It's Ok to Celebrate Magna Carta
tags: Magna Carta,Tom Ginsburg,David Allen Green
Mark Byrnes is an associate professor of history at Wofford College in Spartanburg, SC.
We historians are a contrary lot—especially about history. If the conventional wisdom seems to be pointing one way, we reflexively point the other. It’s programmed into us in our training, after all: we’re taught to revise the traditional understanding of the past.
So I have no trouble understanding some of what has been published over the last few days about the 800th anniversary of Magna Carta.
Writing in the New York Times under the headline “Stop Revering Magna Carta," Tom Ginsburg, professor of international law and political science at the University of Chicago, argues that the fame people are celebrating “rests on several myths.”
In Foreign Policy, David Allen Green denounces “The Destructive Myth of Magna Carta.” It is, he writes, “the sort of document those with power want you to praise, instead of granting you any actual constitutional rights.”
Both Ginsburg and Green make valid historical points. King John “repudiated the document almost immediately,” as Ginsburg notes. “Few, if any, cases before the courts of England have ever turned on” it, Green tells us. Magna Carta even contains “a number of oddities,” Ginsburg says, including requiring “the removal of fish traps from the Thames.”
I can’t help thinking, however, that this is a case of missing the forest for the trees. Even if Ginsburg and Green are right that for the first 400 of its 800 years, Magna Carta did not loom large at all, that in no way negates its meaning today. Much historical work turns on the ways events gain significance over time, significance not dreamed of when they occurred.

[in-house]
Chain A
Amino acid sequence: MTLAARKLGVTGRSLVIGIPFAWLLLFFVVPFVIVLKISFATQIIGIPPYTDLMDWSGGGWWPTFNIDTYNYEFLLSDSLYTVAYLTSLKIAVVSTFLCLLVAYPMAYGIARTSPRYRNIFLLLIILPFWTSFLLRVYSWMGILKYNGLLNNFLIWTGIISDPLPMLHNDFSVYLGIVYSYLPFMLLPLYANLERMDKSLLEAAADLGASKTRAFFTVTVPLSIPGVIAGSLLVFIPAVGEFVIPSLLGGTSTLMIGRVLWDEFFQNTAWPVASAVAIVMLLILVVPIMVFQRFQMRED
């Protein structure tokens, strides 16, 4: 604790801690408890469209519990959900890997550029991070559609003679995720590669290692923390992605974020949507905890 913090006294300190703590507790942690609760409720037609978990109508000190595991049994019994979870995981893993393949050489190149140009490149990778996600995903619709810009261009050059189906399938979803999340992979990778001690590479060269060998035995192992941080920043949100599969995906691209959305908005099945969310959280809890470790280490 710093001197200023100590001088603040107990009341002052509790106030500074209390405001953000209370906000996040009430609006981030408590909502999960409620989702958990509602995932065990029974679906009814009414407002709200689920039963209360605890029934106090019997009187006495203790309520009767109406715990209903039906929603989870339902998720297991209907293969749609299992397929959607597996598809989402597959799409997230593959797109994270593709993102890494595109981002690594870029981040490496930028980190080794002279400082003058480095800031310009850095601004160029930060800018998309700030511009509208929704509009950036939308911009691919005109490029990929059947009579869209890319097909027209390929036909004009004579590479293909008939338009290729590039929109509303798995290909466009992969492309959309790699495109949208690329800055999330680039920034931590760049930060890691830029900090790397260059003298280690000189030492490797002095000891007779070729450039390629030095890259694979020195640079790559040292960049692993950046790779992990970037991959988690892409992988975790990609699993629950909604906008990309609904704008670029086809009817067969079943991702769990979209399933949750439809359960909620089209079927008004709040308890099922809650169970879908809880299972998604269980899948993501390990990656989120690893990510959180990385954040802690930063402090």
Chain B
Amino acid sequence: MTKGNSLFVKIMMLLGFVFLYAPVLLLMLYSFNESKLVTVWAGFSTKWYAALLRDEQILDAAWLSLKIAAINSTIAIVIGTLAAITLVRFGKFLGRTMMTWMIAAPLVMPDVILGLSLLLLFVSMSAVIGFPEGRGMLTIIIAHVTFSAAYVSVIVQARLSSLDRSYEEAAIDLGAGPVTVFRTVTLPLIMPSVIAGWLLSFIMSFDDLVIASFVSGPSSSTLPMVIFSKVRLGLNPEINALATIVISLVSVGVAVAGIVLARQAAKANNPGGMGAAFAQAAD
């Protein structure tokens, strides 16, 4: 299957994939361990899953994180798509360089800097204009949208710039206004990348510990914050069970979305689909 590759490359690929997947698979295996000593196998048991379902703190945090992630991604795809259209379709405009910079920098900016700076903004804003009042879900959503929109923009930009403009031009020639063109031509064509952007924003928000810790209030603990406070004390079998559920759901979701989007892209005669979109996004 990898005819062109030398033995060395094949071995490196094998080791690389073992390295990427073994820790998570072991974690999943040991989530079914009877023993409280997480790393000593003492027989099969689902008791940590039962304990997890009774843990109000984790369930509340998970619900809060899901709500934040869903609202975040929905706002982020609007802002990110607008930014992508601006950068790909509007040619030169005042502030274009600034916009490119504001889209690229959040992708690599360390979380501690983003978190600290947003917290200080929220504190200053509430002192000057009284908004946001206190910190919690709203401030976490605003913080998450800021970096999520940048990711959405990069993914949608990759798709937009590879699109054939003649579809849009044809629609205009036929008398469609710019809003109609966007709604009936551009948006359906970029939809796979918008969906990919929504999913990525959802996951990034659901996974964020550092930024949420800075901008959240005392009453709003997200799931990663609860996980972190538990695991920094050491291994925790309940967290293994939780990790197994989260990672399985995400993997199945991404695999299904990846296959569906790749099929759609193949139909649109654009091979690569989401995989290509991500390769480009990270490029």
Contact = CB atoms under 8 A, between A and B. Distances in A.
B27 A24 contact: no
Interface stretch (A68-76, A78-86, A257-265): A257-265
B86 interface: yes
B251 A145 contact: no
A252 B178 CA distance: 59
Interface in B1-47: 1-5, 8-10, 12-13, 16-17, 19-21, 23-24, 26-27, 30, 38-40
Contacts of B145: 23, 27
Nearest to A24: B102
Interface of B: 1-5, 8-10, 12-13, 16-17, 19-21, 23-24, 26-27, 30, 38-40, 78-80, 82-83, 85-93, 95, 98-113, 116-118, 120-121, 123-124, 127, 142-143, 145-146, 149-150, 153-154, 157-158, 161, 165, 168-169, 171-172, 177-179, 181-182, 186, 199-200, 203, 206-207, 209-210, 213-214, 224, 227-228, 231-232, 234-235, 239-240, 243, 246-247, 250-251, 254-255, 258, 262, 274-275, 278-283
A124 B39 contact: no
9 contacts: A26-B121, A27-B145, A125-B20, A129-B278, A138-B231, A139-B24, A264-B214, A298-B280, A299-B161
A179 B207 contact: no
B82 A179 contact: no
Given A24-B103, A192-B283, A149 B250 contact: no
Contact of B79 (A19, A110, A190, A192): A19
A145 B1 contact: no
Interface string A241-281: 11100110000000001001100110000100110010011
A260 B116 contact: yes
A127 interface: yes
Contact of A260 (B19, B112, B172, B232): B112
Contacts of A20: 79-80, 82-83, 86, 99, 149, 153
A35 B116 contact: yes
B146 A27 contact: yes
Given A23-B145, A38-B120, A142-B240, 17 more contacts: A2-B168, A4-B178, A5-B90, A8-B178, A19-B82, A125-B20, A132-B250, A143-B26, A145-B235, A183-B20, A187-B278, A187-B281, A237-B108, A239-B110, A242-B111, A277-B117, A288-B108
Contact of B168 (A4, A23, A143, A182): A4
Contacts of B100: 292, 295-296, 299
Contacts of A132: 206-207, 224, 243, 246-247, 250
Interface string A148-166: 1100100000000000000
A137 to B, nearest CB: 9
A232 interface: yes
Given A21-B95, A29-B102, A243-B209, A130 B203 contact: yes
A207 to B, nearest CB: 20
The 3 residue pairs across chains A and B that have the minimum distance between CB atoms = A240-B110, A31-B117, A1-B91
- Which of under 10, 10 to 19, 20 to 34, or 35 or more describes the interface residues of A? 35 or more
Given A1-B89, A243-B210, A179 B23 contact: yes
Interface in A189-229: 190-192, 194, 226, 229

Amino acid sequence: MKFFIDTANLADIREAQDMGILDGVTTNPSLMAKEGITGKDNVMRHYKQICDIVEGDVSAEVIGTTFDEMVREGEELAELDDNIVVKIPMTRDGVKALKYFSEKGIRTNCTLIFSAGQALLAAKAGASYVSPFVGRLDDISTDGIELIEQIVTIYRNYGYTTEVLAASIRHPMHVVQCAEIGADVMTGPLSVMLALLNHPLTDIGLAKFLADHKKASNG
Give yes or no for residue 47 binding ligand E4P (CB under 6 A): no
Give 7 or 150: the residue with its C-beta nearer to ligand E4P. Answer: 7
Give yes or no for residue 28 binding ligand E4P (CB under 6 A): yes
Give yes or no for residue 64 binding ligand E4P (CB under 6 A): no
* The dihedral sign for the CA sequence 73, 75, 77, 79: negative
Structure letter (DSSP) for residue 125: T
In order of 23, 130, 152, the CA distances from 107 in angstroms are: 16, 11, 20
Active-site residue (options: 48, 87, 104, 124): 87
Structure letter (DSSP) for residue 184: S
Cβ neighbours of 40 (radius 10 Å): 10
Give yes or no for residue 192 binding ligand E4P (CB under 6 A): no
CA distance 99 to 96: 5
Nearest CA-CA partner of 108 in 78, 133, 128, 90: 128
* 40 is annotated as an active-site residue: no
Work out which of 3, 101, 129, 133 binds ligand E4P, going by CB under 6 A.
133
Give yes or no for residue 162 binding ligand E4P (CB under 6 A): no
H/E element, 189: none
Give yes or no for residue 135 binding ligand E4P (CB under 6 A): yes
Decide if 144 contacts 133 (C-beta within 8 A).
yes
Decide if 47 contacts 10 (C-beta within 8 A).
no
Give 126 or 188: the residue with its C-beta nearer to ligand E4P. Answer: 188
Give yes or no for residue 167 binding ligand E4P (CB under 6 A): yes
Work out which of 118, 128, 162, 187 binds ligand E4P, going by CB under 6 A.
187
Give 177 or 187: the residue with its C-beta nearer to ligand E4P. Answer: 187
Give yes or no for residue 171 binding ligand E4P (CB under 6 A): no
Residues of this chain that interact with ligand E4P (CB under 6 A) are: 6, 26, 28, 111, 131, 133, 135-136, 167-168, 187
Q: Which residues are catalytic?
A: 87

In a couple of weeks, Americans will celebrate the Declaration of Independence. Certainly every historian—really any observer—should remember that the document containing the phrase “All men are created equal” created a nation that countenanced and protected slavery. But that’s insufficient. We also need to recall that it inspired those who fought tenaciously to destroy the evil of slavery.
We could make the Declaration seem petty by focusing on the charge that George III “has erected a multitude of New Offices.” But would that do justice to the document as a whole?
We could note that the assertion that “these United Colonies are, and of Right ought to be Free and Independent States” was patently false when it was written, with large portions of the United States under British control.
We could say, as Ginsburg does about Magna Carta, that the Declaration “was a result of an intra-elite struggle.” Some historians have done just that, with some justification.
We can admit all of that, and still see much to celebrate in the Declaration. So too with Magna Carta.
Ginsburg and Green make good observations, and have a reasonable point. But it’s still OK to celebrate Magna Carta. After all, we’re talking about a birthday here, and don’t we all wish to have our best selves celebrated on our birthdays?
comments powered by Disqus
- Interview With Historian Archie Brown: Rethinking the Cold War
- Political Prophet Allan Lichtman: Trump is More Likely to Lose Because of Coronavirus
- A Historian’s View of the Coronavirus Pandemic and the Influenza of 1918
- 5 Essential Works by Maurice Berger, Late Art Historian Who Made Race a Central Concern
- A Brief History of Beards and Pandemics